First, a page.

Watching Karipov train in the bowels of the Theatre three days before the show’s knockout debut was one of the highlights of my weeklong trip to Vegas for the opening festivities back in February of 2005.  Since then, I have returned to see this extraordinary show twice, and may I say that it has lost none of its power to astound.  A stop at the MGM Grand to check out at least once on any trip to this one-of-a-kind city sitting all bright and shiny atop the otherwise desolate high Nevada desert should be some sort of civic duty; nothing proclaims itself as representative  of the “new” Vegas Strip more than this one presentation, the best of Cirque du Soleil’s five permanent attractions filling houses nightly for years to come.

The MGM Grand Hotel & Casino is located at 3799 Las Vegas Blvd. South, Las Vegas; for tickets, call (877) 264-1844.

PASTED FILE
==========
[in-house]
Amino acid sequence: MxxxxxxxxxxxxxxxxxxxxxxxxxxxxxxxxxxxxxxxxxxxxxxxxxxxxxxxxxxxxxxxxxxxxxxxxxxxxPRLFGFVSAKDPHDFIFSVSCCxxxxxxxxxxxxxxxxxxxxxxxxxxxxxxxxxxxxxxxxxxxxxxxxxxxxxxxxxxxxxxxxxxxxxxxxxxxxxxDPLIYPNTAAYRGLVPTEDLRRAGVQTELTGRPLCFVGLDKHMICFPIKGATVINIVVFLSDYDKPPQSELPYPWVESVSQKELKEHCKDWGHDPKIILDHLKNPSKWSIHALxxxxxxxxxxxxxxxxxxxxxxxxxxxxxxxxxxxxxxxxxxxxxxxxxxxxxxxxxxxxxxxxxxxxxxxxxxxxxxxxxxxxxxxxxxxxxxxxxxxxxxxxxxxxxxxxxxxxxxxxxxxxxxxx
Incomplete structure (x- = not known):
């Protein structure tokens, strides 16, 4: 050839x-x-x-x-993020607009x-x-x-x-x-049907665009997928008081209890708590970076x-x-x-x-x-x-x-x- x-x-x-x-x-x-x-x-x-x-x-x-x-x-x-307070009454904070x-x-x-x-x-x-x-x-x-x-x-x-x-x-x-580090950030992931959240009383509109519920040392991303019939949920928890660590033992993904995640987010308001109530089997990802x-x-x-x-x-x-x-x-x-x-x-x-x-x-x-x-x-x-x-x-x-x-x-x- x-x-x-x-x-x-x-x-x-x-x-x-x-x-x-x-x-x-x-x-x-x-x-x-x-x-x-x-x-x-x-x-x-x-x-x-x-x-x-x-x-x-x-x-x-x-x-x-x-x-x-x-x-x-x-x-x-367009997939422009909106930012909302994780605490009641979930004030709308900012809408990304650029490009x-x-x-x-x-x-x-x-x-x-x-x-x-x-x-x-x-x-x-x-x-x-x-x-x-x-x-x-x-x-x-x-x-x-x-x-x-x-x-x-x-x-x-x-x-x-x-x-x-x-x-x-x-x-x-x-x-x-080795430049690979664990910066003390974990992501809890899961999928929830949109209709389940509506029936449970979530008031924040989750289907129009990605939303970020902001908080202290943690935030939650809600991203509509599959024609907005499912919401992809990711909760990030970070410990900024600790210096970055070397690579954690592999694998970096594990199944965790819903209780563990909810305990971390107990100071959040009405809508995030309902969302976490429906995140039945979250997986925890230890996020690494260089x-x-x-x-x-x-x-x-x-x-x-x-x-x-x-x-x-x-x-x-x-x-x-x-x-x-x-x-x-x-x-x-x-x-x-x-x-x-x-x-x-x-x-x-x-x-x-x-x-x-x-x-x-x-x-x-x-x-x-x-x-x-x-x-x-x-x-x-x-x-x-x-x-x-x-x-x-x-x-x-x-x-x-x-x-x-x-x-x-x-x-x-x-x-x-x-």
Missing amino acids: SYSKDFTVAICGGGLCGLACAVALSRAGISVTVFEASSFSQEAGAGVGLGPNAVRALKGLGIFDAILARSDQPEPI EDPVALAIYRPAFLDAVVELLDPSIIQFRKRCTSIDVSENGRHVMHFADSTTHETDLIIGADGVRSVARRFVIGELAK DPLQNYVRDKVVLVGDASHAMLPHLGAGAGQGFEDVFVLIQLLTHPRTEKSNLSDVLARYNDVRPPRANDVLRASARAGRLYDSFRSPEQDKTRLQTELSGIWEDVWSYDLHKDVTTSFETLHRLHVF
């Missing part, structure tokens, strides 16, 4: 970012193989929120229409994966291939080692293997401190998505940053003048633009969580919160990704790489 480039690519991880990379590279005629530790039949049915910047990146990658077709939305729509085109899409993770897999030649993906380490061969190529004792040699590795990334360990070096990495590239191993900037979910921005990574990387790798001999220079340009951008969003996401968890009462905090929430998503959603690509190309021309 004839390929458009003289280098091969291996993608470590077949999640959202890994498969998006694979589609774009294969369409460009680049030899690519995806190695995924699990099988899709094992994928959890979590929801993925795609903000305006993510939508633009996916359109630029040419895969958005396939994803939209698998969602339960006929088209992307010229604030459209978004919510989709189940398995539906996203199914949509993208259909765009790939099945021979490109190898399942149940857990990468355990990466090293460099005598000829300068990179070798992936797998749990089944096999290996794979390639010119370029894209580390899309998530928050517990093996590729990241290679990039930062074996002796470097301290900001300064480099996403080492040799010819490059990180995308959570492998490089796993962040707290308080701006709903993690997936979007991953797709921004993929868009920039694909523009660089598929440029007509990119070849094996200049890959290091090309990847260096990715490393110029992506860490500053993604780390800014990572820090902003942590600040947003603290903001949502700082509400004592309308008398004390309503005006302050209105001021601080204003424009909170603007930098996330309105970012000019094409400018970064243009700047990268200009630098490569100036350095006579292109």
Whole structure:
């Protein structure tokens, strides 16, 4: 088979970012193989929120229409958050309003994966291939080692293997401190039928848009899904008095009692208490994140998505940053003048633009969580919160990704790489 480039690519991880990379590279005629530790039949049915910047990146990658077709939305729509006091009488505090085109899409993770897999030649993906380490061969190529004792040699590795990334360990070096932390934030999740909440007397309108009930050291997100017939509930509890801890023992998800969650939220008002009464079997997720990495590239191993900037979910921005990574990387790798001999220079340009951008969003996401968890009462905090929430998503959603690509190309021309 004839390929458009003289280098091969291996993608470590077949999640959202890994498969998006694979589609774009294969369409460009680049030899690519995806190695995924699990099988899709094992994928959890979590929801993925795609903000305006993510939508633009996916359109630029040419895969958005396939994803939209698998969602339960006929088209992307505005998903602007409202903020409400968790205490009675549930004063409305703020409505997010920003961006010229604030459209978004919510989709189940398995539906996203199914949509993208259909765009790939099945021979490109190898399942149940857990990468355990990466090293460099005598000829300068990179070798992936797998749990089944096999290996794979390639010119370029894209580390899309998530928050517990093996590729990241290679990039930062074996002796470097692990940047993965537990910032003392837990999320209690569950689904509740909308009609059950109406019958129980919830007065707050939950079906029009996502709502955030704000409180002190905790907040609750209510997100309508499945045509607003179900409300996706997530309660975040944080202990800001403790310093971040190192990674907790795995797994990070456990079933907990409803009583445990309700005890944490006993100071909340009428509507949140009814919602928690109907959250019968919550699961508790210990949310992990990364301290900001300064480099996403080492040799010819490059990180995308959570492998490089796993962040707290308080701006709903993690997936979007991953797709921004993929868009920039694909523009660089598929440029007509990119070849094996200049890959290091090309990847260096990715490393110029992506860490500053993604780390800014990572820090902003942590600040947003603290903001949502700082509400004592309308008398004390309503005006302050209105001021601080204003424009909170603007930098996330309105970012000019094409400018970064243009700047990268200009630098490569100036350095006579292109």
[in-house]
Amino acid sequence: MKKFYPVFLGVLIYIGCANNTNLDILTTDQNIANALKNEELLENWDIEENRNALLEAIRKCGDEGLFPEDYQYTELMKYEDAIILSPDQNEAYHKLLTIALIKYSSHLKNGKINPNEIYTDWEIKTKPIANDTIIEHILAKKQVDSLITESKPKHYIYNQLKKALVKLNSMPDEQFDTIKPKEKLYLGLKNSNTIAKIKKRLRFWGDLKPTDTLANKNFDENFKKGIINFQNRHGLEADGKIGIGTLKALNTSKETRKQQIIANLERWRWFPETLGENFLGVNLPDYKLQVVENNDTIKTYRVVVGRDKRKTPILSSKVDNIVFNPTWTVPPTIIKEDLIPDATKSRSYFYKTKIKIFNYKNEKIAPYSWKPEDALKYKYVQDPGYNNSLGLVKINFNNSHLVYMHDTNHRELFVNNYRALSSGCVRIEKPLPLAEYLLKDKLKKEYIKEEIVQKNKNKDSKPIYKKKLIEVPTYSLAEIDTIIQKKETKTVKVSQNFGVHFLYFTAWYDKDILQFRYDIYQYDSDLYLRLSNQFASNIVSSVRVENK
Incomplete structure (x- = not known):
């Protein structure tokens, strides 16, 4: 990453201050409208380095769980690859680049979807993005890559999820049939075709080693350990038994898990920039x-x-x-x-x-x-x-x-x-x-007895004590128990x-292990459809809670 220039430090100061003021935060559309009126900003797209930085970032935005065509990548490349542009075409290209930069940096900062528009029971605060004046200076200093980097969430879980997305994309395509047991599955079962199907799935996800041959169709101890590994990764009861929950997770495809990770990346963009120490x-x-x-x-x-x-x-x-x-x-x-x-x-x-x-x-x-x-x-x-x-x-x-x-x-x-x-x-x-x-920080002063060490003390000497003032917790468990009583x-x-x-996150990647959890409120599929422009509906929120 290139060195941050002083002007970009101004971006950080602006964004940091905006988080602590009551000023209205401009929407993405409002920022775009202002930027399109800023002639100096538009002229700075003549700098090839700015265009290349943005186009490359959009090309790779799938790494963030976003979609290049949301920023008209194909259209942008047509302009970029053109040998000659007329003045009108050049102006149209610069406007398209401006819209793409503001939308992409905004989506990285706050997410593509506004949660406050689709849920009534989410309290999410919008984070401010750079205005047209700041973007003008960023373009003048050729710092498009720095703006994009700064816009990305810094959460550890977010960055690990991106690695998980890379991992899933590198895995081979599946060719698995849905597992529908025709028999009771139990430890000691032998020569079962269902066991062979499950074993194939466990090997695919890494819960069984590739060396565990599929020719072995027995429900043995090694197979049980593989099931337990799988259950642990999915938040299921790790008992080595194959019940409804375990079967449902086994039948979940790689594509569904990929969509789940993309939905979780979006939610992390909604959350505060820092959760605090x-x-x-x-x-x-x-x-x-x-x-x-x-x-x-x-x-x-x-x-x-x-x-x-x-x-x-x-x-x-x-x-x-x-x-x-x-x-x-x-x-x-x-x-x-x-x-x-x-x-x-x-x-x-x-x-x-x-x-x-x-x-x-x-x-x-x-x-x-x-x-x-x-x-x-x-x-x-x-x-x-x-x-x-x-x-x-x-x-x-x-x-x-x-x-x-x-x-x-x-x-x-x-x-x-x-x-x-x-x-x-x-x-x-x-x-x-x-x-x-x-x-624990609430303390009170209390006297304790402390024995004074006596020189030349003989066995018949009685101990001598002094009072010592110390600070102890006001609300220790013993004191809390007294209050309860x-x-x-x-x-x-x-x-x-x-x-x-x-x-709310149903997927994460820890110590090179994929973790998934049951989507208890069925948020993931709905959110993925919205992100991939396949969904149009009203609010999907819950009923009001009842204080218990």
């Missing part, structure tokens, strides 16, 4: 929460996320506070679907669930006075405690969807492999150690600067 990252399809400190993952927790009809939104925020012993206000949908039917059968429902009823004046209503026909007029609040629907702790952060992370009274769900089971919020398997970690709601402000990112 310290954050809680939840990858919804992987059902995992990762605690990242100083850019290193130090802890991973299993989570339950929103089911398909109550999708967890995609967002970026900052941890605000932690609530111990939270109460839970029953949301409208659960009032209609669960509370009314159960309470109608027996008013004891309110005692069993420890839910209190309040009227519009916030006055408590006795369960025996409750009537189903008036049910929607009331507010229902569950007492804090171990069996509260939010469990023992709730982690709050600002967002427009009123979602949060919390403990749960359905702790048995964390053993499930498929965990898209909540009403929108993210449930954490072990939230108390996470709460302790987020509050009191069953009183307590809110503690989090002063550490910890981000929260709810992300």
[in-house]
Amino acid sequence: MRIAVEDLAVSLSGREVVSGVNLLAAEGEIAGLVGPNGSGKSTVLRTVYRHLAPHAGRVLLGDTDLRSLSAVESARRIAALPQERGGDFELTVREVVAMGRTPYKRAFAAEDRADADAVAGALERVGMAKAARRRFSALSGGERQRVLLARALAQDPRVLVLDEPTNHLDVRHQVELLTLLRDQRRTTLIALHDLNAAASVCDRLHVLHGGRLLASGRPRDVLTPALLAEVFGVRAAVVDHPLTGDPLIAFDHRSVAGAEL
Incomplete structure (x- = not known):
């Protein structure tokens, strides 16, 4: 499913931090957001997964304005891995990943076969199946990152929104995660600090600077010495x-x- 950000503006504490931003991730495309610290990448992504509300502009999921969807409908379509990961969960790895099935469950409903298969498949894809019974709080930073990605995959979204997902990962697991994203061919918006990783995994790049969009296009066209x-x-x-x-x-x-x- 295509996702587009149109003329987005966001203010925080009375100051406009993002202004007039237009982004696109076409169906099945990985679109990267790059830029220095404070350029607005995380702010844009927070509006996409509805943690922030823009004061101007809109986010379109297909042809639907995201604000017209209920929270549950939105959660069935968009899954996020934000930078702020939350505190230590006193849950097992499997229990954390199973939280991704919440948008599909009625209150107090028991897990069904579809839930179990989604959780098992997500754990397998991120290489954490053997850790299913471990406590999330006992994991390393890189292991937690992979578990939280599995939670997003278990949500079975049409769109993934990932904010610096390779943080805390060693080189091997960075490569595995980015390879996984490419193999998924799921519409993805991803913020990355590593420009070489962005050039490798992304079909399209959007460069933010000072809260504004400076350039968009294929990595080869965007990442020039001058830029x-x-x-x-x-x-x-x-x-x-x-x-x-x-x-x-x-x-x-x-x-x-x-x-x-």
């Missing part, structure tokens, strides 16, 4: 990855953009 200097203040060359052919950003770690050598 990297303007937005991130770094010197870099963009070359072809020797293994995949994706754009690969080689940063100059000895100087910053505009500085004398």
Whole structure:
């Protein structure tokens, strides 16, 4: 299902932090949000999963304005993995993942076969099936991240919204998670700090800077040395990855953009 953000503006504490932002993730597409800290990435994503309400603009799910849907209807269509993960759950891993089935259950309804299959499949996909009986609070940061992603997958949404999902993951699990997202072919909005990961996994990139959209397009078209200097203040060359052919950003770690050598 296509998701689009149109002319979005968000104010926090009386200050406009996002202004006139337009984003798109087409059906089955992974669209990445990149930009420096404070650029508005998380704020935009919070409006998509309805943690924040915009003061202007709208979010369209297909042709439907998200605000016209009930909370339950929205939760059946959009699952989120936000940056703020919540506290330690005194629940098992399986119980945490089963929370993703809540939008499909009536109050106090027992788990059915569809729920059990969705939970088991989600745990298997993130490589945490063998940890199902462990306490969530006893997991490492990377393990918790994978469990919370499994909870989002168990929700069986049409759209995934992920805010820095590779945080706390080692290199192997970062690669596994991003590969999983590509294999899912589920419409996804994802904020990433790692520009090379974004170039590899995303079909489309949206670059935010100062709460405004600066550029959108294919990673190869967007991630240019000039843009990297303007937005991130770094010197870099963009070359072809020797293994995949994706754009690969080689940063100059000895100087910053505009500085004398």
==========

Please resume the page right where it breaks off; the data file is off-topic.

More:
TRAVIS MICHAEL HOLDER teaches acting and theatre/film history at the New York Film Academy’s west coast campus at Universal Studios. He has been writing about LA theatre since 1987, including 12 years for BackStage, a 23-year tenure as Theatre Editor for Entertainment Today, and currently for ArtsInLA.com. As an actor, he received the Los Angeles Drama Critics Circle Best Actor Award as Kenneth Halliwell in the west coast premiere of Nasty Little Secrets at Theatre/Theater and he has also been honored with a Drama-Logue Award as Lennie in Of Mice and Men at the Egyptian Arena, four Maddy Awards, a ReviewPlays.com Award, both NAACP and GLAAD Award nominations, and six acting nominations from LA Weekly. Regionally, he won the Inland Theatre League Award as Ken Talley in Fifth of July; three awards for his direction and performance as Dr. Dysart in Equus; was up for Washington, DC’s Helen Hayes honors as Oscar Wilde in the world premiere of Oscar & Speranza; toured as Amos “Mr. Cellophane” Hart in Chicago; and he has traveled three times to New Orleans for the annual Tennessee Williams Literary Festival, opening the fest in 2003 as Williams himself in Lament for the Moths and since returning to appear in An Ode to Tennessee and opposite Karen Kondazian as A Witch and a Bitch. Never one to suffer from typecasting, Travis’ most recent LA performance, as Rodney in The Katrina Comedy Fest, netted the cast a Best Ensemble Sage Award from ArtsInLA. He has also been seen as Wynchell in the world premiere of Moby Pomerance’s The Good Book of Pedantry and Wonder and Frank in Charles Mee’s Summertime at The Boston Court Performing Arts Center, Giuseppe “The Florist” Givola in Brecht’s The Resistible Rise of Arturo Ui for Classical Theatre Lab, Ftatateeta in Shaw’s Caesar and Cleopatra at the Lillian, Cheswick in One Flew Over the Cuckoo’s Nest at the Rubicon in Ventura, Pete Dye in the world premiere of Stranger at the Bootleg (LA Weekly Award nomination), Shelly Levene in Glengarry Glen Ross at the Egyptian Arena, the Witch of Capri in Williams’ The Milk Train Doesn’t Stop Here Anymore at the Fountain, and Dr. Van Helsing in The House of Besarab at the Hollywood American Legion Theatre. As a writer, he has also been a frequent contributor to several national magazines and five of his plays have been produced in LA. His first, Surprise Surprise, for which he wrote the screenplay with director Jerry Turner, became a feature film with Travis playing opposite John Brotherton, Luke Eberl, Deborah Shelton and Mary Jo Catlett. His first novel, Waiting for Walk, was completed in 2005, put in a desk drawer, and the ever-slothful, ever-deluded, ever-entitled Travis can’t figure out why no one has magically found it yet and published the goddam thing. www.travismichaelholder.com